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【Bloomberg】The World Is Dangerously Dependent on Taiwan for Semiconductors

1.27.2021TeamT5 Media Center
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A shortage of auto chips has exposed TSMC’s key role in the supply chain

As China pushes the world to avoid official dealings with Taiwan, leaders across the globe are realizing just how dependent they’ve become on the island democracy.
Taiwan, which China regards as a province, is being courted for its capacity to make leading-edge computer chips. That’s mostly down to Taiwan Semiconductor Manufacturing Co., the world’s largest foundry and go-to producer of chips for Apple Inc. smartphones, artificial intelligence and high-performance computing.

Chip Industry Choke Points

The industry’s biggest companies are siloed in just a few countries.
“TSMC is becoming more and more dominant,” said Kazumi Nishikawa, an official working on technology issues at Japan’s Economy Ministry. “This is something everybody in the chip industry must find a way to deal with.”
China, in its five-year plan presented in October, is channeling help to the chip industry and other key technologies to the tune of $1.4 trillion through 2025. Yet even that kind of money doesn’t negate the need for Taiwan. Indeed, China has long tapped the island for chip-making talent; two key executives at China’s top chipmaker, Semiconductor Manufacturing International Corp., used to work at TSMC: co-Chief Executive Officer Liang Mong Song and Vice Chairman Chiang Shang-yi.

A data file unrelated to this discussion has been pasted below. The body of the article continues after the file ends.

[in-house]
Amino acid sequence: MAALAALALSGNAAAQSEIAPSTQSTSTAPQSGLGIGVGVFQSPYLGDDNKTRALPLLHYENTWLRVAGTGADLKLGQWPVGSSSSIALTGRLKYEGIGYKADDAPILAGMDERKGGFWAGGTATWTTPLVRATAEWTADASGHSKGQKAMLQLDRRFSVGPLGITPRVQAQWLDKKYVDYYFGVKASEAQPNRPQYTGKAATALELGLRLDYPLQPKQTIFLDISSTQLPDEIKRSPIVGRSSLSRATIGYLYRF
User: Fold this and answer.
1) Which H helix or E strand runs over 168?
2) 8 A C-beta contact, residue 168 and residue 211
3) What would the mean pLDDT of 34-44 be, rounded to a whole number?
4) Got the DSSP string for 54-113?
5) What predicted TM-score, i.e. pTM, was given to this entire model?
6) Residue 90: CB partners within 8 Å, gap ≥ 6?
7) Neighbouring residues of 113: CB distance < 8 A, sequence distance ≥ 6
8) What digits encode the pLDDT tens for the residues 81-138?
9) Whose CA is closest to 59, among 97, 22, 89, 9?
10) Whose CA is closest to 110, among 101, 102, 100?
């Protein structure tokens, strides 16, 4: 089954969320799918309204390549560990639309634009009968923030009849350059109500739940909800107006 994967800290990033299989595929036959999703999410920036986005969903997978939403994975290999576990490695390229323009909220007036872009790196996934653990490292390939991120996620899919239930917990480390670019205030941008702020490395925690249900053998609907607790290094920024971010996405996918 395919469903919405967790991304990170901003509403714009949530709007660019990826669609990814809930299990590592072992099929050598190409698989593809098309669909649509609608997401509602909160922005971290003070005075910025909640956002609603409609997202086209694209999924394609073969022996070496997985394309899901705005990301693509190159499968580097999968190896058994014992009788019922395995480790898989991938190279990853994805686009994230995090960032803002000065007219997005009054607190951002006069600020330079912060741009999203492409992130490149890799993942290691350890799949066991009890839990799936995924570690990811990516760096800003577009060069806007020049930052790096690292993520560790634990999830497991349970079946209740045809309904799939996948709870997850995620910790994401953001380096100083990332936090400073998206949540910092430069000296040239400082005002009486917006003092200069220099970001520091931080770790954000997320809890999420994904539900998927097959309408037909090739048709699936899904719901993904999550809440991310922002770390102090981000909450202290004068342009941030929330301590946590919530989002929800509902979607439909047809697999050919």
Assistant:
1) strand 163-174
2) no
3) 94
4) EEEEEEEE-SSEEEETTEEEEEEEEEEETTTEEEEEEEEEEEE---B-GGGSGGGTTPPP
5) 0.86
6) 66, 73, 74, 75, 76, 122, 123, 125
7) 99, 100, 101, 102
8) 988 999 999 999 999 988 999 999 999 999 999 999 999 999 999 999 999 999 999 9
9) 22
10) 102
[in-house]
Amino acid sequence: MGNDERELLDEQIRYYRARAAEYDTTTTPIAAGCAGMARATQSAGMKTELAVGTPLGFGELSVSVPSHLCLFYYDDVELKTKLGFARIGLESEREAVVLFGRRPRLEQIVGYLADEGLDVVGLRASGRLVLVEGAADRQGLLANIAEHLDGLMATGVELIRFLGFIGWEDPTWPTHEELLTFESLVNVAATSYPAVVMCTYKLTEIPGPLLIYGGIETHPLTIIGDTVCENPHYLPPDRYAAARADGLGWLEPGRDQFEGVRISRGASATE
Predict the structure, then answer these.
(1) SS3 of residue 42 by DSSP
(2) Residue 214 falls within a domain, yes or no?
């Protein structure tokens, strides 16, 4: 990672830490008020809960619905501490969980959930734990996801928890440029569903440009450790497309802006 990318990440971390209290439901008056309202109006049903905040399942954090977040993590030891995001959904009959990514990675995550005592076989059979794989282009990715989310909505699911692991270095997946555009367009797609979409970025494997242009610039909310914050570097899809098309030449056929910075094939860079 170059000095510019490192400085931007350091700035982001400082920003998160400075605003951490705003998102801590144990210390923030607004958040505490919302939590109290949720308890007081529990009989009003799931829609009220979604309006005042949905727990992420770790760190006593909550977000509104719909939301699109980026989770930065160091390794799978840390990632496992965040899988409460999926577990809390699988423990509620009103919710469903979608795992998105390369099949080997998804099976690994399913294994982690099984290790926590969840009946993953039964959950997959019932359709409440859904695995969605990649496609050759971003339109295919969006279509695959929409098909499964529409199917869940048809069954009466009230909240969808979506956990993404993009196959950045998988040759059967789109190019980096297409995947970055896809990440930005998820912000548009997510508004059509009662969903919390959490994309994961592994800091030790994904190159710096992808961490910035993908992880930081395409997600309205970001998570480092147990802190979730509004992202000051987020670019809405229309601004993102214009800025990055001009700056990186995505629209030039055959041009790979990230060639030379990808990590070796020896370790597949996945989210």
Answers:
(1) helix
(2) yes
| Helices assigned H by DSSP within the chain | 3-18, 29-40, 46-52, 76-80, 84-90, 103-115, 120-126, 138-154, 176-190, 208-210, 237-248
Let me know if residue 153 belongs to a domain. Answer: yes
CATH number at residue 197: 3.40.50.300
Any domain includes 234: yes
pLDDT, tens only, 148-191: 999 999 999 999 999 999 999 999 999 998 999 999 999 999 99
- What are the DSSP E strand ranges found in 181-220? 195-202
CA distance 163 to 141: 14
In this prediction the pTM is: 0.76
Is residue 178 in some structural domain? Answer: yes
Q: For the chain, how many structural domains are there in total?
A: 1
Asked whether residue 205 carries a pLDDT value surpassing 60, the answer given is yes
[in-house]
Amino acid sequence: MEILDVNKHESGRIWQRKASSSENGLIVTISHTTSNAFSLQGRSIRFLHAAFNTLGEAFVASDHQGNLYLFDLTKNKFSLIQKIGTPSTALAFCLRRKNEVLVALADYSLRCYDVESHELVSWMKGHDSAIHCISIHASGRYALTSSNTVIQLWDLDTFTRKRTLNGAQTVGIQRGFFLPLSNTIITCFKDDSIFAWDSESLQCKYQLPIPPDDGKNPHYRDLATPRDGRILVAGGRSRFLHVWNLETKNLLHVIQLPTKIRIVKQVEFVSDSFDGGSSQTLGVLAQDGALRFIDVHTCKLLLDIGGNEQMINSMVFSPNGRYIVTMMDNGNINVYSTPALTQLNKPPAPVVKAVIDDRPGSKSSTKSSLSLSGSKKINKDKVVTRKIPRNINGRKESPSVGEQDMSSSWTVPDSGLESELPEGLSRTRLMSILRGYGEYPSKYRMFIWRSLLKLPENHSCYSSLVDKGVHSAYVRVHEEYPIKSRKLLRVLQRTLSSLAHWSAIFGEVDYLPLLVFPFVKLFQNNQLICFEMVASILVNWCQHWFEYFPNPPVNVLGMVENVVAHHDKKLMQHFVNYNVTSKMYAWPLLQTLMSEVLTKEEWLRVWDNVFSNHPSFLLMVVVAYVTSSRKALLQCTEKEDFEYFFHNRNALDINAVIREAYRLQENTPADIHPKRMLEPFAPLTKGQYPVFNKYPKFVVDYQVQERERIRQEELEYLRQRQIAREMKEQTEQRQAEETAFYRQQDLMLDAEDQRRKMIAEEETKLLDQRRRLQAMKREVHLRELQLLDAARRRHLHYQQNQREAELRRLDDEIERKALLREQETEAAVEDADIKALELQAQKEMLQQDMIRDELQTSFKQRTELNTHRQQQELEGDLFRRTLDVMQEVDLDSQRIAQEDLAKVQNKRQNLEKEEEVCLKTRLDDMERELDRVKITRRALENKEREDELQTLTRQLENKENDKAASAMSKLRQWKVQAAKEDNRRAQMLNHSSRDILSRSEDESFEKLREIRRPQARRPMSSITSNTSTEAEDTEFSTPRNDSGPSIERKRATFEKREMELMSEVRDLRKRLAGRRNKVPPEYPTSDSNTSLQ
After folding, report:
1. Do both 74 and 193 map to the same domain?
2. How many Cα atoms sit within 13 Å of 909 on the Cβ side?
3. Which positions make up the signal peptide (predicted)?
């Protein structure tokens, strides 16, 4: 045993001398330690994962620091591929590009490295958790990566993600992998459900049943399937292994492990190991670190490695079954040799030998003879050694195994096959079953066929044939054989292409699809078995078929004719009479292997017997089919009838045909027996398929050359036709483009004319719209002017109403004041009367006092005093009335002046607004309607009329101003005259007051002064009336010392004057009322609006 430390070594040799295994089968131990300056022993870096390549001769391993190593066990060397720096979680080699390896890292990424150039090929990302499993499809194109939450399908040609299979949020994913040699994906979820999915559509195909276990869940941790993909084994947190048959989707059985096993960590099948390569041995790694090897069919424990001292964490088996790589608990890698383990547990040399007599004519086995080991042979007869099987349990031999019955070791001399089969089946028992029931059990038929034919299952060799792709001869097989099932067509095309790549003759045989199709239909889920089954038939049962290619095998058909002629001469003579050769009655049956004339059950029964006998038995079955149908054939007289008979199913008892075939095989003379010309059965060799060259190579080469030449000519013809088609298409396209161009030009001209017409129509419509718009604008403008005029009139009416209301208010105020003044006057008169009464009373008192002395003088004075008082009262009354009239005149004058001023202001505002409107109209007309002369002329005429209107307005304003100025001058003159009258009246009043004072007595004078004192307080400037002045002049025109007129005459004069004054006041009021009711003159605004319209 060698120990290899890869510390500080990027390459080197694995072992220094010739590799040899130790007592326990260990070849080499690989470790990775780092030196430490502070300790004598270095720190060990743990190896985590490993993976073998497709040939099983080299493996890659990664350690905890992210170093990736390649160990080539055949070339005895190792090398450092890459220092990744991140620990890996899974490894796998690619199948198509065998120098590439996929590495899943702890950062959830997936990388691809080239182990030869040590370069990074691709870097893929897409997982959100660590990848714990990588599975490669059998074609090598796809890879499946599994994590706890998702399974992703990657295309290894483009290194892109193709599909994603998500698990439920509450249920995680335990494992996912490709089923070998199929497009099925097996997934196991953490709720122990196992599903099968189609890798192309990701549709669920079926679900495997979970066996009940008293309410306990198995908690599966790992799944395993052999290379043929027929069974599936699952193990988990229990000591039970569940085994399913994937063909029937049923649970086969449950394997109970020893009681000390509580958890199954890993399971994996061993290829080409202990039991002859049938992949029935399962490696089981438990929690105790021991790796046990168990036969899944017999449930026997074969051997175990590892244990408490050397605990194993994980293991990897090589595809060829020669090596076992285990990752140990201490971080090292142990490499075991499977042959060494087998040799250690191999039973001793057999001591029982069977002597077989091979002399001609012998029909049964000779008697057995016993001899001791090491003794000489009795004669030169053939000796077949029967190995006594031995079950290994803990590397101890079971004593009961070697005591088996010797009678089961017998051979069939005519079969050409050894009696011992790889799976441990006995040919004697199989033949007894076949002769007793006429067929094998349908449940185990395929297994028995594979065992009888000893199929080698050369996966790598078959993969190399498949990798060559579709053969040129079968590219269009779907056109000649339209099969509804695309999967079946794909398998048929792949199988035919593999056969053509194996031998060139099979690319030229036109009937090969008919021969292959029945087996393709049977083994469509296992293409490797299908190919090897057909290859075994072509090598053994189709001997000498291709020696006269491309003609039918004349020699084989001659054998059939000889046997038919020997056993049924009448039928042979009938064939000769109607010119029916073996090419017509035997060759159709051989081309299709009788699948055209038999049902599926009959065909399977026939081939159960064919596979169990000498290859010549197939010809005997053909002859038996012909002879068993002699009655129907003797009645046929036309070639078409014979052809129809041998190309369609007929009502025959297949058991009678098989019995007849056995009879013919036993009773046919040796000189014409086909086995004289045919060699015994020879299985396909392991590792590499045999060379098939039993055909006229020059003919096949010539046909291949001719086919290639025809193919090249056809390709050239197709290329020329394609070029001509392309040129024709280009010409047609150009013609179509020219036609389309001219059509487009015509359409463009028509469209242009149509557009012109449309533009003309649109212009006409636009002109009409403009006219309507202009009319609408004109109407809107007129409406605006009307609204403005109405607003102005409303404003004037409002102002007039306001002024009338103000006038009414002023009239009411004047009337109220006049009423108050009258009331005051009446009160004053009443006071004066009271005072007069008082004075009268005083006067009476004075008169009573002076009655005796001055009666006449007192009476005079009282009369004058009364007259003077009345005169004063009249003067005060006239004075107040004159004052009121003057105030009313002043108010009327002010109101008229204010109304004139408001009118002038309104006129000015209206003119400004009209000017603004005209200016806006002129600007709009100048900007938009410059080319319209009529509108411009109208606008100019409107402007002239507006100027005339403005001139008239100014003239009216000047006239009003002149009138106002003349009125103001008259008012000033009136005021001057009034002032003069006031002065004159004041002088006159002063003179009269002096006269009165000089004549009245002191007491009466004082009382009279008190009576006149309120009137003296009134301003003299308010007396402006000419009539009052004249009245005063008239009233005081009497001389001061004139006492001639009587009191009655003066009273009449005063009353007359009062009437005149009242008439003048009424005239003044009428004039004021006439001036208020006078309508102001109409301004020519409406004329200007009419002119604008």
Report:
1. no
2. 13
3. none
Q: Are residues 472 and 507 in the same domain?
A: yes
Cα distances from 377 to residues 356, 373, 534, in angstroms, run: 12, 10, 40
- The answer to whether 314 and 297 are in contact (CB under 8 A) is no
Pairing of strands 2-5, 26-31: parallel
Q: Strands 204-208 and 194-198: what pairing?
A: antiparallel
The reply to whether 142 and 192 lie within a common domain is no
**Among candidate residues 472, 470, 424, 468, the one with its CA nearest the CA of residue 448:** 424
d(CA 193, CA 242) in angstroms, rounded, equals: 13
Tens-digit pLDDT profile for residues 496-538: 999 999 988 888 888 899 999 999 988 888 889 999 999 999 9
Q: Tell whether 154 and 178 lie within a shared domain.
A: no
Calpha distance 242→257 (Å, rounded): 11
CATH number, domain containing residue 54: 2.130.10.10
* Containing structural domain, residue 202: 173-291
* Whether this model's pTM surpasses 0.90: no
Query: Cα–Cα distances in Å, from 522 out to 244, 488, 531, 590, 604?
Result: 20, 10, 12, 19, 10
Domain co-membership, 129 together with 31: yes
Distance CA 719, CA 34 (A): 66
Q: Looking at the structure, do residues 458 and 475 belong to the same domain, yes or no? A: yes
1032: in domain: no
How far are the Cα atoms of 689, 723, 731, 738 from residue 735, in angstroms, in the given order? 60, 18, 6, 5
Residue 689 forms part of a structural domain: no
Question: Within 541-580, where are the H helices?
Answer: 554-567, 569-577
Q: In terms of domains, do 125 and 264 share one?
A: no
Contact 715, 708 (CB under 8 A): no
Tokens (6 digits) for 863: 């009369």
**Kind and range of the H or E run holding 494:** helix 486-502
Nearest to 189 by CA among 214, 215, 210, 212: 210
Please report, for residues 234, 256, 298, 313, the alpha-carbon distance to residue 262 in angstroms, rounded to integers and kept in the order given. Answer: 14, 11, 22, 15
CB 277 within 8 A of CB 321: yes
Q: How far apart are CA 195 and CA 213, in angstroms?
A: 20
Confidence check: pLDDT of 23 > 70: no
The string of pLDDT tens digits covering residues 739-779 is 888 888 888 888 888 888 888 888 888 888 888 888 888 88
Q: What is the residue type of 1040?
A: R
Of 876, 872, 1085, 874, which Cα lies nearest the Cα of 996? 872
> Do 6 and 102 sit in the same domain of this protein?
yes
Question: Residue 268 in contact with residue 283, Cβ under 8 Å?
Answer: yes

But with Washington stymieing China’s progress, there is also speculation that Beijing could resort to stealing chip IP, with Taiwan at the heart of those endeavors.
Taiwanese cyber security firm TeamT5 has observed a steady increase in attacks on the island’s chip industry corresponding to the tightening of U.S. export controls on China. While it’s not always possible to know if these are Chinese state actors, “they are all attacking the Taiwanese semiconductor industry,” Shui Lee, a T5 cyber threat analyst, said.
Fellow analyst Linda Kuo said the Taiwanese government was alarmed by a ransomware attack on TSMC in 2018 and had announced plans for some $500 million to help the industry become more aware of cyber security issues.

*Image courtesy of Unsplash
1.27.2021TeamT5 Media Center
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